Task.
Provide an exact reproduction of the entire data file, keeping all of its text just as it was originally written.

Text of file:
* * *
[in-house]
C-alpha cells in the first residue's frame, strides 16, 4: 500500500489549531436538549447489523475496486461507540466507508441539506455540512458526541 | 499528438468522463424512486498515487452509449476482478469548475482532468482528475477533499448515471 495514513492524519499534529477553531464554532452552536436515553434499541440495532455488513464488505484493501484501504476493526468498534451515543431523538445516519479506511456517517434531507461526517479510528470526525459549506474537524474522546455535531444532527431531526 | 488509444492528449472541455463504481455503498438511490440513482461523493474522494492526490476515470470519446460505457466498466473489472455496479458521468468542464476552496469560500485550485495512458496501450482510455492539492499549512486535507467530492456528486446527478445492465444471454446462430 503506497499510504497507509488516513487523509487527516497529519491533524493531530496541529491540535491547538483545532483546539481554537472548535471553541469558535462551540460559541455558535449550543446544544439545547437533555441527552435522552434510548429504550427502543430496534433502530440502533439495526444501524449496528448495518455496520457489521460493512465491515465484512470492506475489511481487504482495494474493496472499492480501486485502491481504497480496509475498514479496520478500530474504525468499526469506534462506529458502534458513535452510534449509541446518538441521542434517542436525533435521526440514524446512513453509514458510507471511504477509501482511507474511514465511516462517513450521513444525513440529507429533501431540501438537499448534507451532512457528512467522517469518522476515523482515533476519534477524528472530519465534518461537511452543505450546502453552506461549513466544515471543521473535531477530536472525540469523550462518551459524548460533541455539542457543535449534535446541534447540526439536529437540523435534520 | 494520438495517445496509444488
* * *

[in-house]
C-alpha cells in the first residue's frame, strides 16, 4: 500500500489549531436538549447489523475496486461507540466507508441539506455540512458526541 | 499528438468522463424512486498515487452509449476482478469548475482532468482528475477533499448515471 495514513492524519499534529477553531464554532452552536436515553434499541440495532455488513464488505484493501484501504476493526468498534451515543431523538445516519479506511456517517434531507461526517479510528470526525459549506474537524474522546455535531444532527431531526 | 488509444492528449472541455463504481455503498438511490440513482461523493474522494492526490476515470470519446460505457466498466473489472455496479458521468468542464476552496469560500485550485495512458496501450482510455492539492499549512486535507467530492456528486446527478445492465444471454446462430 503506497499510504497507509488516513487523509487527516497529519491533524493531530496541529491540535491547538483545532483546539481554537472548535471553541469558535462551540460559541455558535449550543446544544439545547437533555441527552435522552434510548429504550427502543430496534433502530440502533439495526444501524449496528448495518455496520457489521460493512465491515465484512470492506475489511481487504482495494474493496472499492480501486485502491481504497480496509475498514479496520478500530474504525468499526469506534462506529458502534458513535452510534449509541446518538441521542434517542436525533435521526440514524446512513453509514458510507471511504477509501482511507474511514465511516462517513450521513444525513440529507429533501431540501438537499448534507451532512457528512467522517469518522476515523482515533476519534477524528472530519465534518461537511452543505450546502453552506461549513466544515471543521473535531477530536472525540469523550462518551459524548460533541455539542457543535449534535446541534447540526439536529437540523435534520 | 494520438495517445496509444488